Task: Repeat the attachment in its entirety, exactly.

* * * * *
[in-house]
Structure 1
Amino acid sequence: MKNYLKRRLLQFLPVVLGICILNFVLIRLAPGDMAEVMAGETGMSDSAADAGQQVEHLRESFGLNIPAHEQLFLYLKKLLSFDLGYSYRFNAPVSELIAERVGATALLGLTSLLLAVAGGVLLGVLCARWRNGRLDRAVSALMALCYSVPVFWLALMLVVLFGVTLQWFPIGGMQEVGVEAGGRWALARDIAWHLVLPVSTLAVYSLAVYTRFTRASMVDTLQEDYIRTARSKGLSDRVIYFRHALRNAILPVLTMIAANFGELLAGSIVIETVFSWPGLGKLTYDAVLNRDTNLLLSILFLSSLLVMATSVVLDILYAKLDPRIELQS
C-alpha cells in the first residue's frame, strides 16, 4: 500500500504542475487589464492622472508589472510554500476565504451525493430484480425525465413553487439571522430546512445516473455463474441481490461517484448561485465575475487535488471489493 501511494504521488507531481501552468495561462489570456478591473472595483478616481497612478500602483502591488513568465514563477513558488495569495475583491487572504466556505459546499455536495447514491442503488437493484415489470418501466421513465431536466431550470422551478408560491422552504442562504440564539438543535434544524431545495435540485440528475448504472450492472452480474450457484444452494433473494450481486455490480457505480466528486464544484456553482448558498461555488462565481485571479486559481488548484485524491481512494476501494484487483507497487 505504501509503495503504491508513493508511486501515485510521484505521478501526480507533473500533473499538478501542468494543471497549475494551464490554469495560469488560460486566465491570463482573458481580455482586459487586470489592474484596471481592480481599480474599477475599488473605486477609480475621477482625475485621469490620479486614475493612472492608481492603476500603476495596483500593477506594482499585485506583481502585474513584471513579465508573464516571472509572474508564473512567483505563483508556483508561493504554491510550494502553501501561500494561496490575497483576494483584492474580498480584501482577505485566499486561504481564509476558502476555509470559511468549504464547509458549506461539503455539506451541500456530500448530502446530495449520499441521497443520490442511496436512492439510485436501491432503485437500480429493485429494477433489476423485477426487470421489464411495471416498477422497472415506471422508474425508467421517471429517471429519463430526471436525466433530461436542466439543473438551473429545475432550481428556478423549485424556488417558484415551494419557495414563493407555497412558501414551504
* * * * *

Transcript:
[in-house]
Structure 1
Amino acid sequence: MKNYLKRRLLQFLPVVLGICILNFVLIRLAPGDMAEVMAGETGMSDSAADAGQQVEHLRESFGLNIPAHEQLFLYLKKLLSFDLGYSYRFNAPVSELIAERVGATALLGLTSLLLAVAGGVLLGVLCARWRNGRLDRAVSALMALCYSVPVFWLALMLVVLFGVTLQWFPIGGMQEVGVEAGGRWALARDIAWHLVLPVSTLAVYSLAVYTRFTRASMVDTLQEDYIRTARSKGLSDRVIYFRHALRNAILPVLTMIAANFGELLAGSIVIETVFSWPGLGKLTYDAVLNRDTNLLLSILFLSSLLVMATSVVLDILYAKLDPRIELQS
C-alpha cells in the first residue's frame, strides 16, 4: 500500500504542475487589464492622472508589472510554500476565504451525493430484480425525465413553487439571522430546512445516473455463474441481490461517484448561485465575475487535488471489493 501511494504521488507531481501552468495561462489570456478591473472595483478616481497612478500602483502591488513568465514563477513558488495569495475583491487572504466556505459546499455536495447514491442503488437493484415489470418501466421513465431536466431550470422551478408560491422552504442562504440564539438543535434544524431545495435540485440528475448504472450492472452480474450457484444452494433473494450481486455490480457505480466528486464544484456553482448558498461555488462565481485571479486559481488548484485524491481512494476501494484487483507497487 505504501509503495503504491508513493508511486501515485510521484505521478501526480507533473500533473499538478501542468494543471497549475494551464490554469495560469488560460486566465491570463482573458481580455482586459487586470489592474484596471481592480481599480474599477475599488473605486477609480475621477482625475485621469490620479486614475493612472492608481492603476500603476495596483500593477506594482499585485506583481502585474513584471513579465508573464516571472509572474508564473512567483505563483508556483508561493504554491510550494502553501501561500494561496490575497483576494483584492474580498480584501482577505485566499486561504481564509476558502476555509470559511468549504464547509458549506461539503455539506451541500456530500448530502446530495449520499441521497443520490442511496436512492439510485436501491432503485437500480429493485429494477433489476423485477426487470421489464411495471416498477422497472415506471422508474425508467421517471429517471429519463430526471436525466433530461436542466439543473438551473429545475432550481428556478423549485424556488417558484415551494419557495414563493407555497412558501414551504